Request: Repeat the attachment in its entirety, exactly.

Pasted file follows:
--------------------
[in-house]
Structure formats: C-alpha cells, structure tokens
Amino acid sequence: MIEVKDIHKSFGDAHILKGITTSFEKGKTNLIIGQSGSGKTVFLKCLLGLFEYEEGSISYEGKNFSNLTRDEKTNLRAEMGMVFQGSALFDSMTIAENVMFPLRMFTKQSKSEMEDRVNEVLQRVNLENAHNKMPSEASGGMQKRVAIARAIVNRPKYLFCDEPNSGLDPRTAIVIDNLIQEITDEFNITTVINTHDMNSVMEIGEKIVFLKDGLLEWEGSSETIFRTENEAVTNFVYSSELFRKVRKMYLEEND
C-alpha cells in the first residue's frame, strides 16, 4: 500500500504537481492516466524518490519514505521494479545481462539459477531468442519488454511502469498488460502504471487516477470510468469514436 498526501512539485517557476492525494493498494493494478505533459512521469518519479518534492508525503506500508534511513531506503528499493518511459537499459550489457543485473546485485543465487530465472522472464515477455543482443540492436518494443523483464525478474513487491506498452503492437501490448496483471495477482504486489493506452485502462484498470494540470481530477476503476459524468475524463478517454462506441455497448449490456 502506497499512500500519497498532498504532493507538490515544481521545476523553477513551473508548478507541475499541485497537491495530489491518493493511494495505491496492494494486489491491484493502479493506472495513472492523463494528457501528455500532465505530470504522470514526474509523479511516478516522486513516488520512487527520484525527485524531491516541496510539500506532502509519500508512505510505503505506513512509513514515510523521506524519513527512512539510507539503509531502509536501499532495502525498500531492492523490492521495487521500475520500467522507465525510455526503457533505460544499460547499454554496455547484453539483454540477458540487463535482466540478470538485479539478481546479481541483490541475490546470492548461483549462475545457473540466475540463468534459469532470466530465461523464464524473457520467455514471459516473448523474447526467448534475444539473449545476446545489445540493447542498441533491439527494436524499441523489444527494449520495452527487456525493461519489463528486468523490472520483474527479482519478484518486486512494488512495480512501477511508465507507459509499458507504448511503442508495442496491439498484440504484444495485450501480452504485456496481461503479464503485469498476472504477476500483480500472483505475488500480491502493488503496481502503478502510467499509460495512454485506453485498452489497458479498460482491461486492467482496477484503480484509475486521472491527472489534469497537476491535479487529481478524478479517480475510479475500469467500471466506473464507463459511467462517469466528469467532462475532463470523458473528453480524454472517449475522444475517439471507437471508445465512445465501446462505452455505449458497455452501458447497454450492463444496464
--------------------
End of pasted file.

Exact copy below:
[in-house]
Structure formats: C-alpha cells, structure tokens
Amino acid sequence: MIEVKDIHKSFGDAHILKGITTSFEKGKTNLIIGQSGSGKTVFLKCLLGLFEYEEGSISYEGKNFSNLTRDEKTNLRAEMGMVFQGSALFDSMTIAENVMFPLRMFTKQSKSEMEDRVNEVLQRVNLENAHNKMPSEASGGMQKRVAIARAIVNRPKYLFCDEPNSGLDPRTAIVIDNLIQEITDEFNITTVINTHDMNSVMEIGEKIVFLKDGLLEWEGSSETIFRTENEAVTNFVYSSELFRKVRKMYLEEND
C-alpha cells in the first residue's frame, strides 16, 4: 500500500504537481492516466524518490519514505521494479545481462539459477531468442519488454511502469498488460502504471487516477470510468469514436 498526501512539485517557476492525494493498494493494478505533459512521469518519479518534492508525503506500508534511513531506503528499493518511459537499459550489457543485473546485485543465487530465472522472464515477455543482443540492436518494443523483464525478474513487491506498452503492437501490448496483471495477482504486489493506452485502462484498470494540470481530477476503476459524468475524463478517454462506441455497448449490456 502506497499512500500519497498532498504532493507538490515544481521545476523553477513551473508548478507541475499541485497537491495530489491518493493511494495505491496492494494486489491491484493502479493506472495513472492523463494528457501528455500532465505530470504522470514526474509523479511516478516522486513516488520512487527520484525527485524531491516541496510539500506532502509519500508512505510505503505506513512509513514515510523521506524519513527512512539510507539503509531502509536501499532495502525498500531492492523490492521495487521500475520500467522507465525510455526503457533505460544499460547499454554496455547484453539483454540477458540487463535482466540478470538485479539478481546479481541483490541475490546470492548461483549462475545457473540466475540463468534459469532470466530465461523464464524473457520467455514471459516473448523474447526467448534475444539473449545476446545489445540493447542498441533491439527494436524499441523489444527494449520495452527487456525493461519489463528486468523490472520483474527479482519478484518486486512494488512495480512501477511508465507507459509499458507504448511503442508495442496491439498484440504484444495485450501480452504485456496481461503479464503485469498476472504477476500483480500472483505475488500480491502493488503496481502503478502510467499509460495512454485506453485498452489497458479498460482491461486492467482496477484503480484509475486521472491527472489534469497537476491535479487529481478524478479517480475510479475500469467500471466506473464507463459511467462517469466528469467532462475532463470523458473528453480524454472517449475522444475517439471507437471508445465512445465501446462505452455505449458497455452501458447497454450492463444496464